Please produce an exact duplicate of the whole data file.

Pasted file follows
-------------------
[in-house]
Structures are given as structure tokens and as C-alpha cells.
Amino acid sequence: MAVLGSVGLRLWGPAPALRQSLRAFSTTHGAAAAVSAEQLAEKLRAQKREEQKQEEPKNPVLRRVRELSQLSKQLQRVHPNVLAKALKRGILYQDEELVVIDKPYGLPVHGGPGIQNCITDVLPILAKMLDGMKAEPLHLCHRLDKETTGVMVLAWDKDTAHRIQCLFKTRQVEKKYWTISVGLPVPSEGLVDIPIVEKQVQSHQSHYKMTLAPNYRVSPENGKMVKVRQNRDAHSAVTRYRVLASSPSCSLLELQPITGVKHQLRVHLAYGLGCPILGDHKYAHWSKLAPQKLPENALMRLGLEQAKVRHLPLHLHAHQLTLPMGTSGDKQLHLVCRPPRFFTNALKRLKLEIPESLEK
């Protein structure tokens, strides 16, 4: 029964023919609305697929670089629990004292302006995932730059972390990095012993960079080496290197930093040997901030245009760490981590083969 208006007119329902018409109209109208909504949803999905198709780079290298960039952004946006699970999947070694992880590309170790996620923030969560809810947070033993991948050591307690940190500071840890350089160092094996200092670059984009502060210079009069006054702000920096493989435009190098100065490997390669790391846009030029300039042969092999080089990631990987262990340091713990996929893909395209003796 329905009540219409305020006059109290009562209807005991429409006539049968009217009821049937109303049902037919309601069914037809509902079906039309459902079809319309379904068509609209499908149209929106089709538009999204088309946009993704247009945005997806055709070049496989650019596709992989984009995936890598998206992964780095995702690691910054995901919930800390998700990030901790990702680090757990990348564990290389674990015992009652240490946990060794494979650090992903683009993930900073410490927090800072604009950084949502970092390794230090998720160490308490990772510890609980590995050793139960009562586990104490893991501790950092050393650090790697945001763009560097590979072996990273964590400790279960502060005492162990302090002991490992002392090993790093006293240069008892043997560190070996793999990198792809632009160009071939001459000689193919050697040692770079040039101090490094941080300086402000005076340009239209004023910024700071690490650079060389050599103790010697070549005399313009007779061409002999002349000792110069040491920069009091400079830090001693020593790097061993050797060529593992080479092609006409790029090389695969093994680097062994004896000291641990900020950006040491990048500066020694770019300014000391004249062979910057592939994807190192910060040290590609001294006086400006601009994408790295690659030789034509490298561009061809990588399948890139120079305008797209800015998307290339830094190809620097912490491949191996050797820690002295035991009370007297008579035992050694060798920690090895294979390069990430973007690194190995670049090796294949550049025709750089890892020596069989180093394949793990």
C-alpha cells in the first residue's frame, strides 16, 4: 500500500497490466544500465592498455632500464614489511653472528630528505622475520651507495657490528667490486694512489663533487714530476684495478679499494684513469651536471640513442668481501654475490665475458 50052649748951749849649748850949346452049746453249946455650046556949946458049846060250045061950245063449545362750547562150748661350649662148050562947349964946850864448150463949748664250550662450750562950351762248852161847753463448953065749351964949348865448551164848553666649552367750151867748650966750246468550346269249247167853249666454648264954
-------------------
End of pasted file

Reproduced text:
[in-house]
Structures are given as structure tokens and as C-alpha cells.
Amino acid sequence: MAVLGSVGLRLWGPAPALRQSLRAFSTTHGAAAAVSAEQLAEKLRAQKREEQKQEEPKNPVLRRVRELSQLSKQLQRVHPNVLAKALKRGILYQDEELVVIDKPYGLPVHGGPGIQNCITDVLPILAKMLDGMKAEPLHLCHRLDKETTGVMVLAWDKDTAHRIQCLFKTRQVEKKYWTISVGLPVPSEGLVDIPIVEKQVQSHQSHYKMTLAPNYRVSPENGKMVKVRQNRDAHSAVTRYRVLASSPSCSLLELQPITGVKHQLRVHLAYGLGCPILGDHKYAHWSKLAPQKLPENALMRLGLEQAKVRHLPLHLHAHQLTLPMGTSGDKQLHLVCRPPRFFTNALKRLKLEIPESLEK
């Protein structure tokens, strides 16, 4: 029964023919609305697929670089629990004292302006995932730059972390990095012993960079080496290197930093040997901030245009760490981590083969 208006007119329902018409109209109208909504949803999905198709780079290298960039952004946006699970999947070694992880590309170790996620923030969560809810947070033993991948050591307690940190500071840890350089160092094996200092670059984009502060210079009069006054702000920096493989435009190098100065490997390669790391846009030029300039042969092999080089990631990987262990340091713990996929893909395209003796 329905009540219409305020006059109290009562209807005991429409006539049968009217009821049937109303049902037919309601069914037809509902079906039309459902079809319309379904068509609209499908149209929106089709538009999204088309946009993704247009945005997806055709070049496989650019596709992989984009995936890598998206992964780095995702690691910054995901919930800390998700990030901790990702680090757990990348564990290389674990015992009652240490946990060794494979650090992903683009993930900073410490927090800072604009950084949502970092390794230090998720160490308490990772510890609980590995050793139960009562586990104490893991501790950092050393650090790697945001763009560097590979072996990273964590400790279960502060005492162990302090002991490992002392090993790093006293240069008892043997560190070996793999990198792809632009160009071939001459000689193919050697040692770079040039101090490094941080300086402000005076340009239209004023910024700071690490650079060389050599103790010697070549005399313009007779061409002999002349000792110069040491920069009091400079830090001693020593790097061993050797060529593992080479092609006409790029090389695969093994680097062994004896000291641990900020950006040491990048500066020694770019300014000391004249062979910057592939994807190192910060040290590609001294006086400006601009994408790295690659030789034509490298561009061809990588399948890139120079305008797209800015998307290339830094190809620097912490491949191996050797820690002295035991009370007297008579035992050694060798920690090895294979390069990430973007690194190995670049090796294949550049025709750089890892020596069989180093394949793990």
C-alpha cells in the first residue's frame, strides 16, 4: 500500500497490466544500465592498455632500464614489511653472528630528505622475520651507495657490528667490486694512489663533487714530476684495478679499494684513469651536471640513442668481501654475490665475458 50052649748951749849649748850949346452049746453249946455650046556949946458049846060250045061950245063449545362750547562150748661350649662148050562947349964946850864448150463949748664250550662450750562950351762248852161847753463448953065749351964949348865448551164848553666649552367750151867748650966750246468550346269249247167853249666454648264954